Terrestrial Ecology Research Unit, Department of Zoology, University of Port Elizabeth, P.O. Box 1600, Port Elizabeth, 6000, South Africa
Abiotic determinants of the fynbos/succulent karoo boundary, South Africa
Article first published online: 18 JAN 2010
2001 IAVS - the International Association of Vegetation Science
Journal of Vegetation Science
Volume 12, Issue 1, pages 75–80, February 2001
How to Cite
Lechmere-Oertel, R. G. and Cowling, R. M. (2001), Abiotic determinants of the fynbos/succulent karoo boundary, South Africa. Journal of Vegetation Science, 12: 75–80. doi: 10.1111/j.1654-1103.2001.tb02618.x
- Issue published online: 18 JAN 2010
- Article first published online: 18 JAN 2010
- Received 30 May 1998; Revision received 18 February 2000; Accepted 24 July 2000.
- Passerina, Ruschia;
This study investigates the influence of texture, soil moisture and nutrient status on the growth and survival of seedlings of two typical fynbos (Leucadendron pubescens and Passerina vulgaris) and succulent karoo (Ruschia spp.) species, which grow in the boundary zone between these two vegetation types. Seedlings of each species were grown in shalederived and sandstone-derived soils and under xeric and mesic regimes. Under the xeric regime, the shale-derived and sandstone-derived soils represented fine and coarse-textured soils, respectively. Under the mesic regime, the same soils represented nutrient-rich and nutrient-poor soils, respectively.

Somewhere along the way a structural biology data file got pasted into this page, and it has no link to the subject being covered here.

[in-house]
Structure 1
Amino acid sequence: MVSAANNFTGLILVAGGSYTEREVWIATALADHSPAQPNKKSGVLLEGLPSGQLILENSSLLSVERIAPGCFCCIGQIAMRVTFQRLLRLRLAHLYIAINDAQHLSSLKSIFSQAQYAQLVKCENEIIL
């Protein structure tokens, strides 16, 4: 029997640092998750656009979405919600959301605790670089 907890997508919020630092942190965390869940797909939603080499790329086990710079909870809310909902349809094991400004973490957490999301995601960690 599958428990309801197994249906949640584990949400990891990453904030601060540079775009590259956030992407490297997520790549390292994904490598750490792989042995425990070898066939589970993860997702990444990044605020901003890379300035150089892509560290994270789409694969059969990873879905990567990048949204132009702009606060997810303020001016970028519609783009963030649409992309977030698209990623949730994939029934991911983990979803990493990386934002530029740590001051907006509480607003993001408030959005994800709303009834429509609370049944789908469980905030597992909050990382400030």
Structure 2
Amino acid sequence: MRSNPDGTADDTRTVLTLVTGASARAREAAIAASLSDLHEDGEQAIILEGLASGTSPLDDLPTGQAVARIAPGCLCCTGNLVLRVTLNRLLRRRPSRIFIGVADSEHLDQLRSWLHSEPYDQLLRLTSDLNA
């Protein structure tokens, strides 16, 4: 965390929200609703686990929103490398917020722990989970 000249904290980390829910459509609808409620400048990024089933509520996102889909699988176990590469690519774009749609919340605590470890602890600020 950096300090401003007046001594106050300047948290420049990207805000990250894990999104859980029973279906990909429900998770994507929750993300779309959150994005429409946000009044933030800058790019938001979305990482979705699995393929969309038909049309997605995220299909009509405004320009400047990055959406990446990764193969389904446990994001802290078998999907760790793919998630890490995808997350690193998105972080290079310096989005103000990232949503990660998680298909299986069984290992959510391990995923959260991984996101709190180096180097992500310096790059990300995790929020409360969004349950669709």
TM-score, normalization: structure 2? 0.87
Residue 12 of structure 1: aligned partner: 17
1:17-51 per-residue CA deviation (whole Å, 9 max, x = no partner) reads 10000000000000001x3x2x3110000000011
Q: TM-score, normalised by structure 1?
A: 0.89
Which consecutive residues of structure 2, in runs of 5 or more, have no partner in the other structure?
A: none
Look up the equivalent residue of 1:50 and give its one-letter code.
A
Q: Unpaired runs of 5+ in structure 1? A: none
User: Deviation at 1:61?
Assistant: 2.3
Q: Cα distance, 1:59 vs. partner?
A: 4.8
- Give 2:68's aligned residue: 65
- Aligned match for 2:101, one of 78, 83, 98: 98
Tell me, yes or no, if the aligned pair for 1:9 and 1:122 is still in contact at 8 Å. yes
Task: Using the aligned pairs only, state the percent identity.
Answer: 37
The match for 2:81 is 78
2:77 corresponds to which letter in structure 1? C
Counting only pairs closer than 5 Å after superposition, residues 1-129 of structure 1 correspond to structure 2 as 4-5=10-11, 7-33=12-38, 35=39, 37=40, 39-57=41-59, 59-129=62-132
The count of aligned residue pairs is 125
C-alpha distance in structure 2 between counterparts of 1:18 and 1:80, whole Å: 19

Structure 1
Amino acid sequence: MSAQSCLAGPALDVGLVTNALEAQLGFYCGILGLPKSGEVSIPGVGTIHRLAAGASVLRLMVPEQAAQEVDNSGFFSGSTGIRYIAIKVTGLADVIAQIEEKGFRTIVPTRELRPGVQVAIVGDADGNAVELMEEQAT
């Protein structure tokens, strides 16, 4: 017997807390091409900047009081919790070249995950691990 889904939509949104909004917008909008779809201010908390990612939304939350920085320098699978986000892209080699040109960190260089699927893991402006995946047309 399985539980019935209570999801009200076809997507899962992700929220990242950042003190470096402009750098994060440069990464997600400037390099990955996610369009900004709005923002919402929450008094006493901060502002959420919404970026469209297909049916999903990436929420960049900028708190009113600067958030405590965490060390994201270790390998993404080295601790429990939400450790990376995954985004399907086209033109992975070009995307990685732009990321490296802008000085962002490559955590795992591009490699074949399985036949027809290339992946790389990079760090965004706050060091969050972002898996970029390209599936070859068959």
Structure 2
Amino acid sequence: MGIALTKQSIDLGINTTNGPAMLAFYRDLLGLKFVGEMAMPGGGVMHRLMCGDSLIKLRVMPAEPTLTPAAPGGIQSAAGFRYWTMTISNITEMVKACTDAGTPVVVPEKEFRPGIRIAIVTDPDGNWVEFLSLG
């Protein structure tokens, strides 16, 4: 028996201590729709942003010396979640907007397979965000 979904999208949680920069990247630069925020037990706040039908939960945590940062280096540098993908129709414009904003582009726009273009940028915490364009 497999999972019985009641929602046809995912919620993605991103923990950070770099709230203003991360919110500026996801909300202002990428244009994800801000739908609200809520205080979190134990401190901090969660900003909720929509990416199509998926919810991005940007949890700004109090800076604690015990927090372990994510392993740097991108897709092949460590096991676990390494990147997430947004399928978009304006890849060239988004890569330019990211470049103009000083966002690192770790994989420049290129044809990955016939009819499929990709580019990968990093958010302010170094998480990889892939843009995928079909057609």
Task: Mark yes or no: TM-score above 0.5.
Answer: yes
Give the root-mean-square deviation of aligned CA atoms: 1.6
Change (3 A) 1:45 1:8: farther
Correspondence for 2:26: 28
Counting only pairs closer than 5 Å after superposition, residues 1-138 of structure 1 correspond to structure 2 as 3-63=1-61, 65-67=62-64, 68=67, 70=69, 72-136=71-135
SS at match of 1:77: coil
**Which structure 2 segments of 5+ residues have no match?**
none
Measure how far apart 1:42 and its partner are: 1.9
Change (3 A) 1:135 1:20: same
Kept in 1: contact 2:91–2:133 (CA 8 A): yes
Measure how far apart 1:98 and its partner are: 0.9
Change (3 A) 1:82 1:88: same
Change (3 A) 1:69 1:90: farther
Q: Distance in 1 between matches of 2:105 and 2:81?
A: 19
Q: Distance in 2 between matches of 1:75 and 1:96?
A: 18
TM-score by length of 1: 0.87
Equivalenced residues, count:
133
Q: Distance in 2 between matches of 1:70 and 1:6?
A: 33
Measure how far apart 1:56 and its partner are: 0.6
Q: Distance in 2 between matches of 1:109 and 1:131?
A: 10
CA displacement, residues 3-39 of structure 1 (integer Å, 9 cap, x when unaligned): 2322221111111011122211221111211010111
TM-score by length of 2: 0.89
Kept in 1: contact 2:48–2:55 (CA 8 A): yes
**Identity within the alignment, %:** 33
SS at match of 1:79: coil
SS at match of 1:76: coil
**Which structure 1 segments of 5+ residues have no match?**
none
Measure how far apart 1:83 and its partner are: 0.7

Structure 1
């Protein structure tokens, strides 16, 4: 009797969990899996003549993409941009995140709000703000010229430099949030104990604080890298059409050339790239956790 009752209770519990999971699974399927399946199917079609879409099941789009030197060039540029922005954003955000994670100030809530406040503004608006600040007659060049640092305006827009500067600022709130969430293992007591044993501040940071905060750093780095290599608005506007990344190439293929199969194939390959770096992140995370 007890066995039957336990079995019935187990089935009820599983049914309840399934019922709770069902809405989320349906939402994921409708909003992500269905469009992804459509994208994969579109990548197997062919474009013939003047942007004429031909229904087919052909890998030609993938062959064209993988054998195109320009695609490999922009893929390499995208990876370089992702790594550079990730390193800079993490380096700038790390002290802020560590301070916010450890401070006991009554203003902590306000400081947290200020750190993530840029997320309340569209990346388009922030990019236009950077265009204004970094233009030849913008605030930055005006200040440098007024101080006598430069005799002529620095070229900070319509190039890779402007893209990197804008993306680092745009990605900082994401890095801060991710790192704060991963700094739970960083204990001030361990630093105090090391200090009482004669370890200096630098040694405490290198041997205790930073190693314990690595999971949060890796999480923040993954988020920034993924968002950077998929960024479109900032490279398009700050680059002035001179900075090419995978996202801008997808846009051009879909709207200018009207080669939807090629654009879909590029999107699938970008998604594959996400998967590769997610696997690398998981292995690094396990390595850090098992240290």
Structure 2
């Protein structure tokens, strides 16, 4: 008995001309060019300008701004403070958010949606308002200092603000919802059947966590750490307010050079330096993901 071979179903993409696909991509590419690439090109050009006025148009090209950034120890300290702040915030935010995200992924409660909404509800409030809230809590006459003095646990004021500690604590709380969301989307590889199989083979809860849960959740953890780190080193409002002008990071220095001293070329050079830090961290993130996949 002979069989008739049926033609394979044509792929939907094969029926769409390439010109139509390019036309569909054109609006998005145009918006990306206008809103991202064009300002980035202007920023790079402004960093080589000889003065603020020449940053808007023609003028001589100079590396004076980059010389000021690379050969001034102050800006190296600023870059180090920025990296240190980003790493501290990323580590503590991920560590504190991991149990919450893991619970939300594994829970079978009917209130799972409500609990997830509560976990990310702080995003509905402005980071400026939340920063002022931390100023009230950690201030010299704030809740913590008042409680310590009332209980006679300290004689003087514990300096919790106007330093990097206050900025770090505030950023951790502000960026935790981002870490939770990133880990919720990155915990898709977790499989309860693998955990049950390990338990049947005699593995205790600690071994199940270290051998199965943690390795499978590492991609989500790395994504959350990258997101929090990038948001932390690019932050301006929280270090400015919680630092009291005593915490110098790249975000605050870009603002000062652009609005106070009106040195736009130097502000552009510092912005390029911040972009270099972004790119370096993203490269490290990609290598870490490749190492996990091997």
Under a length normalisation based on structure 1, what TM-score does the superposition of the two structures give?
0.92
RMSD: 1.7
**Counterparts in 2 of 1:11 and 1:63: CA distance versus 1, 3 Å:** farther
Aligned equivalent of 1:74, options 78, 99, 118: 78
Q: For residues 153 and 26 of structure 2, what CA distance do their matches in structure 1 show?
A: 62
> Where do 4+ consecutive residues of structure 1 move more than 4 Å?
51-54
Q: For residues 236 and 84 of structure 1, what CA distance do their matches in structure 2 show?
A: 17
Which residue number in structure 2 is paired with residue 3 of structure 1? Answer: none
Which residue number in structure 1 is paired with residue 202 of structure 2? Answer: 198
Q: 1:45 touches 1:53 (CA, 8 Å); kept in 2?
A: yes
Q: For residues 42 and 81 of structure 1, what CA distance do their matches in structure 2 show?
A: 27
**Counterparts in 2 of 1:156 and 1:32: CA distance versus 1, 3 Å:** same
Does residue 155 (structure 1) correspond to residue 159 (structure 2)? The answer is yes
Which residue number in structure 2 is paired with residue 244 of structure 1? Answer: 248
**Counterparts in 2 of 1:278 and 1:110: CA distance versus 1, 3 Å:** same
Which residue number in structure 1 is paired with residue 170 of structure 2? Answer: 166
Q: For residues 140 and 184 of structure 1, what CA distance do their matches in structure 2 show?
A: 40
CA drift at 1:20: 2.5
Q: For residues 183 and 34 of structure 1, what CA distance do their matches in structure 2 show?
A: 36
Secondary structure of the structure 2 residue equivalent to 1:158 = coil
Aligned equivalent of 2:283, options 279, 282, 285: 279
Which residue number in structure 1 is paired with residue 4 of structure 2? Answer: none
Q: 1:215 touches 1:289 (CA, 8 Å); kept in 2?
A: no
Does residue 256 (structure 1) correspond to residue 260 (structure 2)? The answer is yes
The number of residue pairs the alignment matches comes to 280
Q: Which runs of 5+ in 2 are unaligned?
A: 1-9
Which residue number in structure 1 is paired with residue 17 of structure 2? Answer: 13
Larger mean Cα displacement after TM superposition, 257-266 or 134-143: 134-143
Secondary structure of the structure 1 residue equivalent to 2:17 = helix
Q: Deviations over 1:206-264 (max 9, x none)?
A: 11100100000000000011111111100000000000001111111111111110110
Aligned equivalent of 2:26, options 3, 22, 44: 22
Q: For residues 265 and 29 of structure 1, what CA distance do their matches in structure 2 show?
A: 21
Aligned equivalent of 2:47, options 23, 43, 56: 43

The seedlings of both fynbos species died rapidly under the xeric regime, irrespective of soil type. In contrast, the succulent karoo seedlings survived for over 77 days without water. Under mesic conditions, the fynbos seedlings grew faster than the succulent karoo seedlings, irrespective of soil type. Fynbos seedlings appear to be directly limited by the environment (moisture and salinity), whereas succulent karoo seedlings may be limited by interactions with other plants.